CEO Neville Isdell is an environmentalist, but making The Coca-Cola Co. sustainable is harder than it looks.
I've got to confess: I don't drink Coke or diet Coke or, for that matter, Pepsi. I've never been a fan of soda. (Or "pop," for those of you Midwestern blogreaders.)
Carbon finance may be the most interesting business that I've ever written about, and it is surely the most important. It is also incredibly complicated and hard to turn into a compelling story.
If you take the threat of global warming seriously, all potential solutions-nuclear power, so-called clean coal, even geoengineering-need to be on the table. That's why today's Sustainability column at fortune.com looks at the intriguing, albeit controversial, idea of ocean iron fertilization.
Oklahoma is not San Francisco. But when an Oklahoma state representative named Sally Kern made anti-gay comments, she ran into trouble not just with gay-rights groups, but with business leaders as well. This shows, as I've argued before, that corporate America is ahead of the rest of the country when it comes to equal rights for all.
Sometimes business is personal. A promising new effort by Marriott International to curb deforestation in a corner of the Amazon took root, improbably, at a Super Bowl Party in Bethesda, Md., early in 2007.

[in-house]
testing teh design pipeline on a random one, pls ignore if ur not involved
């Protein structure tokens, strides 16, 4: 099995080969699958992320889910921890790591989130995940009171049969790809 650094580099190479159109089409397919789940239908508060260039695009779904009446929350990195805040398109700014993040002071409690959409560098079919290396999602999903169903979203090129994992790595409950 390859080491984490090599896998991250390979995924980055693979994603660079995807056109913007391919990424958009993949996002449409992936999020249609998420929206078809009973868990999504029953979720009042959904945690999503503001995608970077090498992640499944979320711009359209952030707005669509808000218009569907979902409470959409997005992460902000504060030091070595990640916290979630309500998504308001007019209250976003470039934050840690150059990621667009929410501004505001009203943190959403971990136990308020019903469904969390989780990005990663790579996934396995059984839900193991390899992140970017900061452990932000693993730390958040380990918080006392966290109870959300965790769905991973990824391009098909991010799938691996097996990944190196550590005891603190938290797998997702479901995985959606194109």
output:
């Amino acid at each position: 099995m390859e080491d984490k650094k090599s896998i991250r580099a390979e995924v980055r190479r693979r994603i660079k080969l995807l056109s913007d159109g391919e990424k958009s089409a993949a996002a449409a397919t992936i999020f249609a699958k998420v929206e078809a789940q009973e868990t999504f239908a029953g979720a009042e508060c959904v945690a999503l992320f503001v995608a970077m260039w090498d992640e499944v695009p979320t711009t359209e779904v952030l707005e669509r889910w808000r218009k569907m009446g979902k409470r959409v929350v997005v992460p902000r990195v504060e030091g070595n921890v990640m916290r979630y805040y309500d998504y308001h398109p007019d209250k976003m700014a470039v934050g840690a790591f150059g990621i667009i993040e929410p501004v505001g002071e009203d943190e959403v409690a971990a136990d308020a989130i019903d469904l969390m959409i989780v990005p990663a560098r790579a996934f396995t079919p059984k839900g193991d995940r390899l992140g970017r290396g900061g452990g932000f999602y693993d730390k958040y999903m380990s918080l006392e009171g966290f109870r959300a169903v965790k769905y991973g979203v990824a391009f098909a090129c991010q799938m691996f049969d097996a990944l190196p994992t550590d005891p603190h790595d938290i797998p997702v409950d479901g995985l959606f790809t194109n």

So is the Bank of America an environmental hero? A villain? Both? Or neither?
I think it's a safe bet that E. Neville Isdell of The Coca-Cola Co. is the only chief executive officer of a FORTUNE 500 company who is a vegan.
Take me out to the ballgame and buy me some sustainably-raised peanuts and a soy dog. OK, I’m kidding about the soy dog.
You don't have to be a Latin scholar to know that Pax means peace. So why, with the United States bogged down in an unpopular war that claimed its 4,000th casualty a few days ago, is the Pax World family of mutual funds investing in a defense contractor with thousands of employees deployed in the Persian Gulf?